Peasants to Puddles
My Family History - By Nicky Rowberry

Horace Ingle - Lance Corporal 202762

This page is dedicated to the memory of Horace Ingle who died on 9th September 1916 in France.

Horace Ingle died on 9th September 1916 in France, one of the many millions of men who lost their lives in World War 1. It seemed sad for him to have died and all but these bare facts remembered, so I've tried to find out at least a little about his life and what happened to him in the war, before his death aged 41.

Horace was born on 8th February 1875 in Rendlesham, Suffolk, to Henry Ingle and his second wife Jane Evans, who had married in Lambeth in 1866. Henry had been married previously, so by the time Horace was born he had several grown up half-siblings. Of his full siblings, Horace was 6th out of 8. By the 1881 census the family were living in Denton, Norfolk and Henry was working as farm bailiff and Horace was at school. The table below gives a transcription from the 1881 census.

Page 18The undermentioned Houses are situated within the Boundaries of the Village of Denton
Civil Parish [or Township] of City or Municipal Borough of Municipal Ward of Parliamentary Borough ofTown or Village ofRural Sanitary District of Ecclesiastical District of
Denton      DentonDepwade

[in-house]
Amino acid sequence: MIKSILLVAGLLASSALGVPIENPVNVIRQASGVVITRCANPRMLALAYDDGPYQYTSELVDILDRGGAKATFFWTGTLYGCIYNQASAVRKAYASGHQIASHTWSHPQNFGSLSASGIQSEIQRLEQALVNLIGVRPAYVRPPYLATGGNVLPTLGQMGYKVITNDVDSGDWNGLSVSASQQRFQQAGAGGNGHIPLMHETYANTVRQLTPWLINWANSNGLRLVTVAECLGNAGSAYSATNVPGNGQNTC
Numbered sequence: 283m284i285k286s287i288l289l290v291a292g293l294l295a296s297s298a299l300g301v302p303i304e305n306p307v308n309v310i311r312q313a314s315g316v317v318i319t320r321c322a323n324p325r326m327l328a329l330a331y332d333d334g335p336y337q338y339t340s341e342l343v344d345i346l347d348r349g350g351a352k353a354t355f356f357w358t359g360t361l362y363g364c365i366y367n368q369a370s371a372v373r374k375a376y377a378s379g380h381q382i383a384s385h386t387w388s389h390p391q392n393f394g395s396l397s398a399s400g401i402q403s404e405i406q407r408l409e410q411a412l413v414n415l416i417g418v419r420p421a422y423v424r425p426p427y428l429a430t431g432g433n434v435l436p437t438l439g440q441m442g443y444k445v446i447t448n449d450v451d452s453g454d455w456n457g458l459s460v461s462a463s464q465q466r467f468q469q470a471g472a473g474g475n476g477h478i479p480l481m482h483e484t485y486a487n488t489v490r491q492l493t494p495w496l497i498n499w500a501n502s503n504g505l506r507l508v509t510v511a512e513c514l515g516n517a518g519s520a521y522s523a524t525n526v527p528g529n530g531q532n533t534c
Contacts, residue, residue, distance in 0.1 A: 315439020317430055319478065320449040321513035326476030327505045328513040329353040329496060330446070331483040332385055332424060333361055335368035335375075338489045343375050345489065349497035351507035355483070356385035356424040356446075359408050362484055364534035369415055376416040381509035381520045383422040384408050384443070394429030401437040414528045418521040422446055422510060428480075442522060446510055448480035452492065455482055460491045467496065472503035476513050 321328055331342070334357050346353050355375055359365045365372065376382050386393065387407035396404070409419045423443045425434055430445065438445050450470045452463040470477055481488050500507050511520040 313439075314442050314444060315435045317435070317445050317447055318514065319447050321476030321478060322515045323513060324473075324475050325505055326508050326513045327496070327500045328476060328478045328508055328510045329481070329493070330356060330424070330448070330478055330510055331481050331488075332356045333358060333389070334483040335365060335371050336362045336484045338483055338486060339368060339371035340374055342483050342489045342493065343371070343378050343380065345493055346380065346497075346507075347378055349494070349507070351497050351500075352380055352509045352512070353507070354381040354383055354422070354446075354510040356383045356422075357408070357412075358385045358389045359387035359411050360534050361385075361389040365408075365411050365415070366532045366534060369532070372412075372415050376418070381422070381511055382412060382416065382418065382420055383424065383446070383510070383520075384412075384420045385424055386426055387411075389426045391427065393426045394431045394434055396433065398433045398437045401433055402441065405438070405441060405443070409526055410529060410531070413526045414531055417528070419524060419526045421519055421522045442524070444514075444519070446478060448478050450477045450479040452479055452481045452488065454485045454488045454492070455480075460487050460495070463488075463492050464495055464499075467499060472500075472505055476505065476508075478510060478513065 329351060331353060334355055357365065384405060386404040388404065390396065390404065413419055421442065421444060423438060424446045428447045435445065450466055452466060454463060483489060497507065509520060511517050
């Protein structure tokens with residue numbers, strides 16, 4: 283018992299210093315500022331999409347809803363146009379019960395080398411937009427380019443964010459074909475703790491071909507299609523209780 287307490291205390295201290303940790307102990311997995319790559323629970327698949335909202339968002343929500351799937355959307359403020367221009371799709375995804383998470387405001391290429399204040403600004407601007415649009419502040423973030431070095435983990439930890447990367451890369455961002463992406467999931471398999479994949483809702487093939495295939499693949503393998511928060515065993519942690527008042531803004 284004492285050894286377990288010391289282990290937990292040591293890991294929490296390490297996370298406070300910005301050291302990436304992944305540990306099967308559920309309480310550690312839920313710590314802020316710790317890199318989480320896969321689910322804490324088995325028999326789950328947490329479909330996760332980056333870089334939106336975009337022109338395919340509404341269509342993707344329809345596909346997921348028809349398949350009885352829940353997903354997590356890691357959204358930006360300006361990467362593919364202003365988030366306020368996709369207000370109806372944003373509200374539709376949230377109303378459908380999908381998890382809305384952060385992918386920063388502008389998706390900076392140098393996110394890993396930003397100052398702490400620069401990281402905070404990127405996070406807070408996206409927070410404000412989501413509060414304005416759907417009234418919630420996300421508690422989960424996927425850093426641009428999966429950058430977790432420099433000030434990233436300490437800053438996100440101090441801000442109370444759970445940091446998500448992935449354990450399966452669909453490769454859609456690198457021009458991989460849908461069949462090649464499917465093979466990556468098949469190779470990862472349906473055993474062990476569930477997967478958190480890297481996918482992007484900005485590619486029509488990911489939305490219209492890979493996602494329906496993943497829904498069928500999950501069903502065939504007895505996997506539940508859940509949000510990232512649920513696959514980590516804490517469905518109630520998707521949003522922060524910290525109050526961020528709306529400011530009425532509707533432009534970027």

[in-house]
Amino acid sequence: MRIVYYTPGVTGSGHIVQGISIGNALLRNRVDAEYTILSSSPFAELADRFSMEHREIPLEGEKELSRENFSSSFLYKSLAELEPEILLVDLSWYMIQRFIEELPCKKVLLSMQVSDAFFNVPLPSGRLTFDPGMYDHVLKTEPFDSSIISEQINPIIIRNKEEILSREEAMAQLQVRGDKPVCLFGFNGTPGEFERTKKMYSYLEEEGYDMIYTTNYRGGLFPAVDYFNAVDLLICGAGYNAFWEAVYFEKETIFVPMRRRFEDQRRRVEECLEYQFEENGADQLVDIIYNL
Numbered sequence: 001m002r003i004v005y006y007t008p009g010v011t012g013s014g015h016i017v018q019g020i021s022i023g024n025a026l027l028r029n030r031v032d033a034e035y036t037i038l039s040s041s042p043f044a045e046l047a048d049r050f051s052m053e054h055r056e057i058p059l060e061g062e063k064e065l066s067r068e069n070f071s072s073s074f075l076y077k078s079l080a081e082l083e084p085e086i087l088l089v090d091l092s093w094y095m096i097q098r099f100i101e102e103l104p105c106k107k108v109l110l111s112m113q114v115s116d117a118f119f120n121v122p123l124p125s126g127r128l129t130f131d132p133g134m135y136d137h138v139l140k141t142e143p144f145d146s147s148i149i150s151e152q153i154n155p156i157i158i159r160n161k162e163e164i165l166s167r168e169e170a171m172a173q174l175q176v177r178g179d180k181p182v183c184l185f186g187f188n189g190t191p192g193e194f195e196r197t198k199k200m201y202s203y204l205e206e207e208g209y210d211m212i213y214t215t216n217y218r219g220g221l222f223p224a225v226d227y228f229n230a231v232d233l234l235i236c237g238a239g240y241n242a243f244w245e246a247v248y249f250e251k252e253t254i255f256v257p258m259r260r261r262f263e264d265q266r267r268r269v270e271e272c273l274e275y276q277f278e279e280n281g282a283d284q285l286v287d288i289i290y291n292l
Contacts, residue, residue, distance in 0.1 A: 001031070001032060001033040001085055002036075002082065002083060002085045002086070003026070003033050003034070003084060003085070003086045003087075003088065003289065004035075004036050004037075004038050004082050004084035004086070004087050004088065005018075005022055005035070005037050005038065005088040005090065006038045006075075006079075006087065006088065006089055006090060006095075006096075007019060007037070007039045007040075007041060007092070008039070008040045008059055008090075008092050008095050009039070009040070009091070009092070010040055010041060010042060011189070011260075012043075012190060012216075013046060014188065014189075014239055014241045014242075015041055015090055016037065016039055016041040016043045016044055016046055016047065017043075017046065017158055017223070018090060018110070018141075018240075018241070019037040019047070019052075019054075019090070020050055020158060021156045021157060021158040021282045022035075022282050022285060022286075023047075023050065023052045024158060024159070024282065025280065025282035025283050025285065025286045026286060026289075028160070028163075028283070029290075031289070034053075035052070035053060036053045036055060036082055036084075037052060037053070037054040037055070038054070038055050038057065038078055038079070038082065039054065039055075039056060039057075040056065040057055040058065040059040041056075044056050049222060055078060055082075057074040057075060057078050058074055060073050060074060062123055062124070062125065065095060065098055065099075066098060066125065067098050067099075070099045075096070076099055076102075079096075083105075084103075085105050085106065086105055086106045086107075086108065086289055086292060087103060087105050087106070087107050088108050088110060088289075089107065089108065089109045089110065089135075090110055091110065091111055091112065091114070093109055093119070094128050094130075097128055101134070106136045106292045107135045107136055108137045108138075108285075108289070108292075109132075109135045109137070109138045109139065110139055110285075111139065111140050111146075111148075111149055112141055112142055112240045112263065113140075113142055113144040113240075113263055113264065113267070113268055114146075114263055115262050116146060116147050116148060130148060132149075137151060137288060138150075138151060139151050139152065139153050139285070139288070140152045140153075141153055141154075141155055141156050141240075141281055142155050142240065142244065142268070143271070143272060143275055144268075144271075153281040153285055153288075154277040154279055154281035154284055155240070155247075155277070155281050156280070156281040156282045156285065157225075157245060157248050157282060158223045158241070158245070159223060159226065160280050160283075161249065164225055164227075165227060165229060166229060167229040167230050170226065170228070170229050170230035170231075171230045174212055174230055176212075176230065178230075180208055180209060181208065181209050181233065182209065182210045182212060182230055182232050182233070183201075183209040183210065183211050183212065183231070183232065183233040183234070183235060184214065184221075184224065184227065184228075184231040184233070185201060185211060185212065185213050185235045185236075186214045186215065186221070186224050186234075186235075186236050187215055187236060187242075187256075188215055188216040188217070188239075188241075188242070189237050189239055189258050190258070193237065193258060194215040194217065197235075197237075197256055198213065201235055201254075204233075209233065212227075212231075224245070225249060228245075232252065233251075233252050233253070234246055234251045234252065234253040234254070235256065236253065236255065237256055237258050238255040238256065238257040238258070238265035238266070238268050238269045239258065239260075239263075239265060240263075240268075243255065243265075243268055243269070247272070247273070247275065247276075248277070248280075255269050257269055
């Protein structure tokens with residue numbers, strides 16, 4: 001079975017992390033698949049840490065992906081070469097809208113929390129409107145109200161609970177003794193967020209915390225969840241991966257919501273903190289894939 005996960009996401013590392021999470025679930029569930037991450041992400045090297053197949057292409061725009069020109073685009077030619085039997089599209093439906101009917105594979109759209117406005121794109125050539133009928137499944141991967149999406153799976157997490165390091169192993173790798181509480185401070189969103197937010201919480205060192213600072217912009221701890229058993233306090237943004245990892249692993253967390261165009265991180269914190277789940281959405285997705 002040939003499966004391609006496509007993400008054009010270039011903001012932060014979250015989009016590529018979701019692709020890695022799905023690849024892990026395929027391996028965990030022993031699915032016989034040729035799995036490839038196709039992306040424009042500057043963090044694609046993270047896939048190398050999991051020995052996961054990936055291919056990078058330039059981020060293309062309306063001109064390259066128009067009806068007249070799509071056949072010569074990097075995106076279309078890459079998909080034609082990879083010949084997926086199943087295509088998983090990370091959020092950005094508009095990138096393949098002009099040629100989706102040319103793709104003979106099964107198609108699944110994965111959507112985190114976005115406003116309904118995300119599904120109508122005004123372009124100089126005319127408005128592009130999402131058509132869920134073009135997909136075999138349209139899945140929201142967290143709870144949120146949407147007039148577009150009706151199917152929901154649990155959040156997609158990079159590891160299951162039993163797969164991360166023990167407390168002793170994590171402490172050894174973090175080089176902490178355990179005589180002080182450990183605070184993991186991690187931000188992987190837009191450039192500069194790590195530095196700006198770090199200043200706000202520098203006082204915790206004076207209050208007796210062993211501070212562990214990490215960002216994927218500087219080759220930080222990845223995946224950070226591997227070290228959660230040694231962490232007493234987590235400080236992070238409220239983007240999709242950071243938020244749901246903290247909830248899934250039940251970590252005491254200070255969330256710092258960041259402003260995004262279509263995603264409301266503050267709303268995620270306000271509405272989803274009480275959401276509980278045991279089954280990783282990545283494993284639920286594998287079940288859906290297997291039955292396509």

No. of Schedule Road, Street and Name of HouseName and Surname of each personRelation to Head of FamilyCondition AgeRank, Profession or OccupationWhere Born
91 Low RoadHenry IngleHeadMarried 60Farm BailiffColsterworth, Lincs
   Jane IngleWifeMarried 43 Cardiff, Glamorganshire
   Elizabeth IngleDau- 12ScholarEssenden, Herts
   Charles IngleSon-7ScholarRendlesham, Suffolk
   Horace IngleSon-6ScholarRendlesham, Suffolk
   Edward IngleSon- 4ScholarRendlesham, Suffolk
   Fredrick IngleSon- 2 Melton, Suffolk

Henry Ingle was much older than his second wife and died in early 1891 aged about 76, when Horace was only about 15. In the 1891 census, the widowed Jane Ingle is living in Ipswich with her younger children, Horace included. Horace had left school by this time and was working as an errand boy.

By 1901 the family had moved to Wales (his mother Jane was from Cardiff) and were living in Whitchurch, Glamorgan. Horace was there working as a foreman at a fuel works; also living there were his widowed mother and 2 brothers Charles & Frederick.

Horace's mother died in 1904, but he was still in Whitchurch in 1905 as he was listed on the electoral register. But by 1911 Horace had not only moved but had a new job. He was now living in the Royal Oak Hotel in Nottingham, where he worked as a waiter and groom.

War was declared on 28th July 1914 and Horace enlisted in December 1915. Fortunately his army service records survive (many of them were destroyed by a bomb in 1940) and show that he initially joined the 10th Battalion of the Manchester Regiment as a Private on 2nd December 1915, but was then transferred to the 4th Loyal North Lancashire Regiment as a Lance Corporal.

The Commonwealth War Graves Commission website confirms that he was a Lance Corporal in the 1st/4th Battalion of the Loyal North Lancashire Regiment. I can't reproduce the CWGC photo of the cemetery, but to see his page please click here

You can now look at the Medal Roll cards from the first world war online. These show a soldier's name, rank and what medals they were entitled to. Due to copyright issues, I don't think I can reproduce the image of the medal card, so instead I've transcribed it.

NameCorpsRankReg No.
IngleManch R.Pte4425
HoraceL. N. Lan. R. 6141
VICTORYH/2/101 B223545 
Theatre of War first served in 
Date of entry therein